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Cedeno cements shortstop job for 2011

| Sunday, Sept. 12, 2010

CINCINNATI — At midseason, Ronny Cedeno's status as the Pirates' starting shortstop was very much in doubt.

That almost certainly will not be the case when the team opens spring training next year. In the past 11 weeks, Cedeno has performed well and cemented his role.

"We'll see where we're at in the offseason, but I see no reason why Ronny Cedeno shouldn't be our shortstop (in 2011)," manager John Russell said Saturday.

Cedeno, who's making $1.125 million this season, can't become a free agent until 2012.

"We'll see what happens," he said.

In mid-June, Cedeno was benched for being inconsistent on the field and at the plate. Through Friday, he had hit safely in seven of his previous 10 games, and he had an extra-base hit in six of his previous nine games. Among NL shortstops with at least 400 plate appearances, Cedeno ranks 10th with a .370 slugging percentage.

"Ronny's made a pretty good statement," Russell said. "He's still got some things to accomplish as far as the way he plays, but he's made great strides in a lot of areas."

Russell backs Rose

To mark the 25th anniversary of him becoming the career hits leader, the Reds honored Pete Rose before last night's game at Great American Ball Park. Rose got his landmark 4,192nd hit, moving him past Ty Cobb on baseball's all-time list, on Sept. 11, 1985.

The Reds had to get special permission from Major League Baseball to fete Rose, 69, who 21 years ago was banned from baseball for betting on games. Russell met Rose in 1983 in Philadelphia Phillies spring training; he said Rose should be in the Hall of Fame.

"I've always been a believer that he should be," Russell said. "I'm not against the rule; gambling on baseball is about as wrong as you can get. But what he did on the field is phenomenal. He definitely should be considered for the Hall of Fame."

Offseason changes

At the Pirates' final minicamp this offseason, there will be more emphasis on conditioning drills and less on bullpen sessions.

"It will be more of a conditioning-type camp," Russell said. "We probably won't start guys off the mound so quickly. There might be some light sides, but we're not going to make it so much of a pitching-catching type camp as we have in the past."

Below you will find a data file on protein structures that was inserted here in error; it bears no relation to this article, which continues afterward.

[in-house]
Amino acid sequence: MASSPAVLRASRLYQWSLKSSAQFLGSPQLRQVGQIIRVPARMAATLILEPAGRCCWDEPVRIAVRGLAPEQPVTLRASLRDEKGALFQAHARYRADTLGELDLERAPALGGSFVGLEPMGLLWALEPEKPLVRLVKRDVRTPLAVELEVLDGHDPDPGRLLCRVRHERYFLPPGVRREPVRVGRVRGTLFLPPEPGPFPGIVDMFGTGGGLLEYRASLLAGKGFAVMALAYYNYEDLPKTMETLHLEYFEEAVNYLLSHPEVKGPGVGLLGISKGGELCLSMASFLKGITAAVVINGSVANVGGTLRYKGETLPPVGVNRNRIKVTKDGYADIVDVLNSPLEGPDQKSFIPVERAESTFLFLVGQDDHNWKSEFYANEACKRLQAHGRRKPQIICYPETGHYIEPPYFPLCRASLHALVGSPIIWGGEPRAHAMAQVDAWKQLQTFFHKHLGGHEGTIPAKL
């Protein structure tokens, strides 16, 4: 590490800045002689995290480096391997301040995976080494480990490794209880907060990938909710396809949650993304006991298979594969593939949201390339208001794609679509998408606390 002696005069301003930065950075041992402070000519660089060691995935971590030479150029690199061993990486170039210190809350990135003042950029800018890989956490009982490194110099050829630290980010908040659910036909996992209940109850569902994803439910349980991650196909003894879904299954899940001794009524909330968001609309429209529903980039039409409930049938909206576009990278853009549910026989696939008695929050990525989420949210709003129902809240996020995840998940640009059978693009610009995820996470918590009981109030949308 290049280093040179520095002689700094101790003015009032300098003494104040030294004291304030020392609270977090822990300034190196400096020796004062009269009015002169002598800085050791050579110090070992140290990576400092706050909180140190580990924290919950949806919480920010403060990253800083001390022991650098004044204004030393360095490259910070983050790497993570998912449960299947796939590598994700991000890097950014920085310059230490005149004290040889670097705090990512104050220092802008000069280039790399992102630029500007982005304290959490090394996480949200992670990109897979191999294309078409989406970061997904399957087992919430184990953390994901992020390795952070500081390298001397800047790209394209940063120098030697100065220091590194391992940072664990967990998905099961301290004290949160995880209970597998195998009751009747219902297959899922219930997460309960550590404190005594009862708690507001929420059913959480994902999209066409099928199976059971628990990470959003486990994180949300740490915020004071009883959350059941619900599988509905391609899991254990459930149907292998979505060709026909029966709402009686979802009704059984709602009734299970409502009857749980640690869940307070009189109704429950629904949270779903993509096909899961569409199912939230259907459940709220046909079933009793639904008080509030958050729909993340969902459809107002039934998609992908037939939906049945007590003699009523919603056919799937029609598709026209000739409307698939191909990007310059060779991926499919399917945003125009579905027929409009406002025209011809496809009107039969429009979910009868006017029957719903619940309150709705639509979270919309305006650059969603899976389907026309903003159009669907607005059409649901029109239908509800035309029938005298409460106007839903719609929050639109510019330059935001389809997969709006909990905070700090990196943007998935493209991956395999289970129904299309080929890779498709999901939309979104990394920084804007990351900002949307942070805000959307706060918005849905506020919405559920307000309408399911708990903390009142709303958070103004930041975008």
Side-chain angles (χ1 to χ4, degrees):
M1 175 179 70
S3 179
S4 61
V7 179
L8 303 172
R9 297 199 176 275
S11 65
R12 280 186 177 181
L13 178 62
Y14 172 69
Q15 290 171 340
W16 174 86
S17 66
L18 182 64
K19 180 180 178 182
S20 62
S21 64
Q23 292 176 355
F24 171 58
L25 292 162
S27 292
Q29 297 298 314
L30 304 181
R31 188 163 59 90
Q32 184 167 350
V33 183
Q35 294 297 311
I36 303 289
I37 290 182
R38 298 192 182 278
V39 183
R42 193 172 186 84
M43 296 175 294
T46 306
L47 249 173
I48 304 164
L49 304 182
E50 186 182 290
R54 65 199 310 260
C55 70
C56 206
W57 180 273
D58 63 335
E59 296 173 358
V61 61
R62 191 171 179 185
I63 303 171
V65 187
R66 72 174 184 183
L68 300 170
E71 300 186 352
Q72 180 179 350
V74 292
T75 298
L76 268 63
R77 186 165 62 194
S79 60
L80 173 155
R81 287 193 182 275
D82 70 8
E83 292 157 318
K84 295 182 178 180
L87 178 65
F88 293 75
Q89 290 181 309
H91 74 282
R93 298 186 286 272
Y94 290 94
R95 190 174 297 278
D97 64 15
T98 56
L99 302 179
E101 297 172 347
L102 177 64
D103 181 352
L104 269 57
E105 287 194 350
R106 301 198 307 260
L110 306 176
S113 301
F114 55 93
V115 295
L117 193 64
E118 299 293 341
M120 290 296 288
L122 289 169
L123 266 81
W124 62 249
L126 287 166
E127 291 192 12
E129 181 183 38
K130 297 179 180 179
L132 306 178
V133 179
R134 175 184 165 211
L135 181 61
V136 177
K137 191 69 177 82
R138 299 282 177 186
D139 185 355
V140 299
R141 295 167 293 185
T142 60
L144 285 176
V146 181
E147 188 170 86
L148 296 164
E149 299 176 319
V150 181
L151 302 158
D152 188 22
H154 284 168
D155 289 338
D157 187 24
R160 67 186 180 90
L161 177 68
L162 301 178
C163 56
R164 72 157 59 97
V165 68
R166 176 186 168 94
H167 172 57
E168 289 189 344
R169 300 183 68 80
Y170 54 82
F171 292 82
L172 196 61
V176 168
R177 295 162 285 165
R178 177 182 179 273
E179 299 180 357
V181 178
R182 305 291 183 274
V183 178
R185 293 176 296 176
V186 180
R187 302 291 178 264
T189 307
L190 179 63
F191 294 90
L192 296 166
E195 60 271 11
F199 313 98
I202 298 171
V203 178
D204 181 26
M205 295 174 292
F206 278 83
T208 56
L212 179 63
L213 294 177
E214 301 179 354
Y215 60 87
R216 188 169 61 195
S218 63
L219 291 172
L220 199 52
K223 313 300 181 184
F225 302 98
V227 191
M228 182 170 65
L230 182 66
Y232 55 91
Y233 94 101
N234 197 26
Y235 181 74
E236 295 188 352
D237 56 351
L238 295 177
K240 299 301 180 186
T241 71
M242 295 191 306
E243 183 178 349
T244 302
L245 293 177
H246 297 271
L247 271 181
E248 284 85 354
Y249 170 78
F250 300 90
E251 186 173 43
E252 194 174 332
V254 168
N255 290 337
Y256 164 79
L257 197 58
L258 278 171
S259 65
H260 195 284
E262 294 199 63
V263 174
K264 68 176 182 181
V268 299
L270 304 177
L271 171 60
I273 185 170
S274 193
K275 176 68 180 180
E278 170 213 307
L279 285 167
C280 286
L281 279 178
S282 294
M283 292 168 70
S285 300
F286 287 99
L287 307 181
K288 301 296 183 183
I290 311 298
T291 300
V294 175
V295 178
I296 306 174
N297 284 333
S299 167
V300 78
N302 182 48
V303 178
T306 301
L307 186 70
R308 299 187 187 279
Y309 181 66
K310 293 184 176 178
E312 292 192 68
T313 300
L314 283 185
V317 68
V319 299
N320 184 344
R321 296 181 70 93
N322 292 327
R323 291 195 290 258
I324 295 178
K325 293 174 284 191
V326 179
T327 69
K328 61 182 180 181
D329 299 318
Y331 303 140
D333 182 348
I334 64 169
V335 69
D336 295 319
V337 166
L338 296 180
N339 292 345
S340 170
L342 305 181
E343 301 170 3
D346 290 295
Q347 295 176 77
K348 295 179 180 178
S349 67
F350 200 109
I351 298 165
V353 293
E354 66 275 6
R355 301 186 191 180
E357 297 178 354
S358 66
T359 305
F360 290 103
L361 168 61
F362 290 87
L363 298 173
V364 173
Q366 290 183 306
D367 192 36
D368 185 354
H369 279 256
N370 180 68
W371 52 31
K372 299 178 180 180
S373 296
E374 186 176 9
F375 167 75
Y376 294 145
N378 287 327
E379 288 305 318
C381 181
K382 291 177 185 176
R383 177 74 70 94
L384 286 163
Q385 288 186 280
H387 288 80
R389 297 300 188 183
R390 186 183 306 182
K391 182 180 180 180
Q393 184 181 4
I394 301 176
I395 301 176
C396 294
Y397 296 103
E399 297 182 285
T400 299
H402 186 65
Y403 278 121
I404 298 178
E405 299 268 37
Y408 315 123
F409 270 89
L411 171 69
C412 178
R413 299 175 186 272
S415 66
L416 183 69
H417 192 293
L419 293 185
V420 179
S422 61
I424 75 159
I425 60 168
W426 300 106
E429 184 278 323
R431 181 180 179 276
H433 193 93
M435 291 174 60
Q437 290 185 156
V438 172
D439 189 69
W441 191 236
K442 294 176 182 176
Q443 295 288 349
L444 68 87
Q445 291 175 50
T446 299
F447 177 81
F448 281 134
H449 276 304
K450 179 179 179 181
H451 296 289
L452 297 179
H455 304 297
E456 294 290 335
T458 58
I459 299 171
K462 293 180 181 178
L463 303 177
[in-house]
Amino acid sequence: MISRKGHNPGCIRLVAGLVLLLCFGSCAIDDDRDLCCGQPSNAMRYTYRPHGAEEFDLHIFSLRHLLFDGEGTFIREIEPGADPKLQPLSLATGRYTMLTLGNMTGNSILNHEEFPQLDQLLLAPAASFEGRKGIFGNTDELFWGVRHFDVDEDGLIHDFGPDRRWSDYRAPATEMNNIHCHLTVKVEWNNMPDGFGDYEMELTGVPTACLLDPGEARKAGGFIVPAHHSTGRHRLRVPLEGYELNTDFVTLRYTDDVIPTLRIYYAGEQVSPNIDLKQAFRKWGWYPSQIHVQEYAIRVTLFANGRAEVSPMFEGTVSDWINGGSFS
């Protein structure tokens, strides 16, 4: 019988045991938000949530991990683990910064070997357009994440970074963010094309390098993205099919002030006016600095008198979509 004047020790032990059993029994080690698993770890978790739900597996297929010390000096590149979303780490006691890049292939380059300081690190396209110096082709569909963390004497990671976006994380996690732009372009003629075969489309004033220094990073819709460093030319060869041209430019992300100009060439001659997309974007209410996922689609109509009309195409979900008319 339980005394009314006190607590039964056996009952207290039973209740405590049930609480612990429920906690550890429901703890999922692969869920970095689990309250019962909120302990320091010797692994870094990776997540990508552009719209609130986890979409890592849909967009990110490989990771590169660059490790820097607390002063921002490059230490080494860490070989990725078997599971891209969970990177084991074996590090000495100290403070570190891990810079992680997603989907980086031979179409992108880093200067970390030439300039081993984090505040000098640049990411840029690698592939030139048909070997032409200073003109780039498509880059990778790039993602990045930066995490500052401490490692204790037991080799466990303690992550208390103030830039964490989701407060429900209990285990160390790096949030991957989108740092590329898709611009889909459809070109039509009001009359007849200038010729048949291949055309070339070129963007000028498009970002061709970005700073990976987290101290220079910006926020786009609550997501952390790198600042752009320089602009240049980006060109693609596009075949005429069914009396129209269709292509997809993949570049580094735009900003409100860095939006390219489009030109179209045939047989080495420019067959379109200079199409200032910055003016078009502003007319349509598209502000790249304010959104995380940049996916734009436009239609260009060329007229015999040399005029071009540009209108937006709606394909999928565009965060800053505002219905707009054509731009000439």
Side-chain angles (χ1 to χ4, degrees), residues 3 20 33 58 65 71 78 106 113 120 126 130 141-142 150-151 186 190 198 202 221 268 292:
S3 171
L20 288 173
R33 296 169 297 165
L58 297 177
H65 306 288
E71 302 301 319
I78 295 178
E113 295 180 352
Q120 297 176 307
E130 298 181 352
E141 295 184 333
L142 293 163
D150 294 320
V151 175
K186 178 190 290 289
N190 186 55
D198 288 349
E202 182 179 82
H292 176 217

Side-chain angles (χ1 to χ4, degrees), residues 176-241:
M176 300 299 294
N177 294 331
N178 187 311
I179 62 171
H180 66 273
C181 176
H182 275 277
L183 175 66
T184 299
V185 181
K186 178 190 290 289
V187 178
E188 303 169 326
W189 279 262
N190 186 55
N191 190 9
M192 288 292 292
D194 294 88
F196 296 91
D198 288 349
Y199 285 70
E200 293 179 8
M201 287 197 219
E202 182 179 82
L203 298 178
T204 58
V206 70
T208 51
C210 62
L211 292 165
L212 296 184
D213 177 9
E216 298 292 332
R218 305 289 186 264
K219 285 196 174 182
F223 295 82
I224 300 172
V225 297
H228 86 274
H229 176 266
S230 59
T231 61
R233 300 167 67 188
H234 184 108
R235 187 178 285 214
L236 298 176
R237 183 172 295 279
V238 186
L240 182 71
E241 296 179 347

Although the dates have not been set, there will be three offseason camps, one each in November, December and January. Before setting the camps' agenda, Russell and GM Neal Huntington huddled with conditioning coordinator Frank Velasquez and pitching coach Ray Searge.

"We talked to a lot of the pitchers about when they start throwing their sides (over the winter)," Russell said. "It seemed like we were pushing the envelope a bit. We'd rather do it a little different this year."

This January, more than 40 pitchers and position players attended the voluntary, four-day camp at Pirate City in Bradenton, Fla. Russell expects a bigger turnout this year.

Unfriendly fire

Brandon Moss has no happy memories of facing lefty Aroldis Chapman in Triple-A this summer. Chapman, who signed with the Reds after defecting from Cuba, has a fastball that has been clocked at 103 mph.

"The first time I faced him, he threw 98 mph — and the ball went behind me," Moss said, grinning. "After that, I was done for that at-bat. I struck out. Next at-bat against him, I struck out. The one after that, I struck out."

Moss eventually made contact and put the ball in play against Chapman.

"The last time I faced him, I hit a grounder to second base," Moss said. "It was a moral victory."

Triple-A Louisville sometimes used lefty Daniel Ray Herrera, whose fastball tops out only in the mid-80s, as a setup for Chapman.

"That really throws you off," Moss said.

Additional Information:

Pirates game day

at Reds

1:10 p.m. today, Great American Ball Park, Cincinnati

TV/radio: FSN/WPGB-FM (104.7), Pirates Radio Network, XM Channel 184

Pitchers: LHP Brian Burres (3-3, 5.75) will start for the Pirates. RHP Johnny Cueto (12-5, 3.45) will start for Cincinnati.

Notable: Entering Saturday, Chris Snyder ranked fourth among NL catchers with 14 homers, two shy of his career high. He had gone deep four times since being traded to the Pirates on July 31.

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